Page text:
The final story, the Beiderbecke Connection, returns the duo to Leeds and Wakefield and their association with Big Al and Little Norm. The story is more satisfying, because it's on a much more realistic level. Jill and Trevor take in a refugee for Al and Norm, ignorant of the fact that he's wanted by the police. The plot leaves a slightly bad taste in the mouth these days, where cybercrime and financial irregularities are taken much more seriously, but even back then, this was the most cynical and scathing outlook on British culture, the tone coming dangerously close to its contemporary, A Very Peculiar Practice.

The stories are deliberately slight and understated. This is light comedy, producing wry, knowing smiles, gently parodying hard crime dramas and, more prosaically, the teaching profession. At its best, the warmth of the relationship between Jill and Trevor, their astute, sardonic commentary and the portrayal of the British way of life as one of adversity in the face of overwhelming stupidity, are what carry the audience forward.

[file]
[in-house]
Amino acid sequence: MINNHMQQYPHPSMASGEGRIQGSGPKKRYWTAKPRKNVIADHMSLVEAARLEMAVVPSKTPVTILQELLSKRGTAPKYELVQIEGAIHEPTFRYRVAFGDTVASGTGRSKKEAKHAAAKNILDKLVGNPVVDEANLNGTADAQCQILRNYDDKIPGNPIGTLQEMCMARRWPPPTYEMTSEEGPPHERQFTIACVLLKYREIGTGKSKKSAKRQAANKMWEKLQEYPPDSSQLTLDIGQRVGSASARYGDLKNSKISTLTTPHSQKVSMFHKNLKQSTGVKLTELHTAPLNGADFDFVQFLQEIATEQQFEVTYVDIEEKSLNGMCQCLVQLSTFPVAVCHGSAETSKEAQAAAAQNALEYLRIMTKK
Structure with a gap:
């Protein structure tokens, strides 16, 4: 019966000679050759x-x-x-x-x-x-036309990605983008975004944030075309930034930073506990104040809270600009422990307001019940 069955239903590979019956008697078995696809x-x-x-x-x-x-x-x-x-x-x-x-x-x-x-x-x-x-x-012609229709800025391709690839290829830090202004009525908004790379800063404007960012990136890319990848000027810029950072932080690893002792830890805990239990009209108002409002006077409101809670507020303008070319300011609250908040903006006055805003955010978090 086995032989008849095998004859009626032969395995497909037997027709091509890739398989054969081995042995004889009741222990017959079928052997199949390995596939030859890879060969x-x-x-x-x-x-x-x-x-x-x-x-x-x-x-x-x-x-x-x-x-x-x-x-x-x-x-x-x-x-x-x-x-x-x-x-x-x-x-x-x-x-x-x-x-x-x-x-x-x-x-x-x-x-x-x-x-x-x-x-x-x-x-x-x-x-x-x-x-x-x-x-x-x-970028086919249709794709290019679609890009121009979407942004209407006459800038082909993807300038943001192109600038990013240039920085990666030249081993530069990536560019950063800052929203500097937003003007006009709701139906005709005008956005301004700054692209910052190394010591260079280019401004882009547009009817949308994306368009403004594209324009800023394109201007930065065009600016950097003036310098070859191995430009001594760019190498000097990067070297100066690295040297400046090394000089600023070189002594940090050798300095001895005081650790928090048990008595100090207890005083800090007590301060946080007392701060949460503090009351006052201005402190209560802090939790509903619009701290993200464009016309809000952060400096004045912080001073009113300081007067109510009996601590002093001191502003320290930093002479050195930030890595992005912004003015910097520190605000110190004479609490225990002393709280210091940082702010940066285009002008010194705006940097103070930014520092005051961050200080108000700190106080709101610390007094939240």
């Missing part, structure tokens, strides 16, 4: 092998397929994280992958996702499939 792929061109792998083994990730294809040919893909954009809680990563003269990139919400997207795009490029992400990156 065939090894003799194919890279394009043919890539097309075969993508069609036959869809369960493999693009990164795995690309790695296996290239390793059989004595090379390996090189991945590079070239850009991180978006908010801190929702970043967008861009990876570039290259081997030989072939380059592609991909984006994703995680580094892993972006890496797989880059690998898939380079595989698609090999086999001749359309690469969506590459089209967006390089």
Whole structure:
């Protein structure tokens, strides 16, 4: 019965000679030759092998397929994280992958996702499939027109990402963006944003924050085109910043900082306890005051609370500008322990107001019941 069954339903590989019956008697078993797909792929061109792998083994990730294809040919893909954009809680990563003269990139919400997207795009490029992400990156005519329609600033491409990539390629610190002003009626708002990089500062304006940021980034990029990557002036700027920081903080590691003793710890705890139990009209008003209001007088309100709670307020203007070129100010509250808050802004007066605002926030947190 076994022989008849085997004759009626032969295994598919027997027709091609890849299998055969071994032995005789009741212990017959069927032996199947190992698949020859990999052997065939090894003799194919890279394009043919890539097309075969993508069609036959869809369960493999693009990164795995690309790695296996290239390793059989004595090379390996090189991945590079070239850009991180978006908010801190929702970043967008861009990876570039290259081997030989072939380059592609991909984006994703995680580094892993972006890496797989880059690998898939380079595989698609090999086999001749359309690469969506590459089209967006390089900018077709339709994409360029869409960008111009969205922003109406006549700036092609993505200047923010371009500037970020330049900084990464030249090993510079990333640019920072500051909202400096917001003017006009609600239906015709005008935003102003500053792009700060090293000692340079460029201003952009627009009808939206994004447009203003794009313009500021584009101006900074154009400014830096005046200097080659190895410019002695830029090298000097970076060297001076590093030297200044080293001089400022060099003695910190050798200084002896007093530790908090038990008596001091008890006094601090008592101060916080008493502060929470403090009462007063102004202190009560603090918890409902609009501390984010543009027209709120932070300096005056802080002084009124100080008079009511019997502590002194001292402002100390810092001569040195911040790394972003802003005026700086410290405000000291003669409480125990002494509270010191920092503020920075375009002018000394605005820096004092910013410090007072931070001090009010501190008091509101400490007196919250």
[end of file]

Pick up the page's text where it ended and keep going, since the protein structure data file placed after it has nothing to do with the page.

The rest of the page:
Recommended, but don't expect belly laughs or high drama.
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on April 23, 2003
This makes a superb conclusion to Alan Plater's brilliant Beiderbecke trilogy. The locations deserve a special mention - they really sum up North England in the 1980s! Just one gripe - where's The Beiderbecke Tapes?
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on January 4, 2015
I really enjoy many of the British mystery shows. But this one is REALLY SLOW. I should have bout the FIRST one, before ordering the rest of the trilogy.
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on May 1, 2013
This was a great DVD, I would recomend it to all my friends. Love all the English programs. We order a lot that we first see on TV.
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on November 28, 2014
Very mundane and boring and I can't see the humor in the series. Maybe if I were British!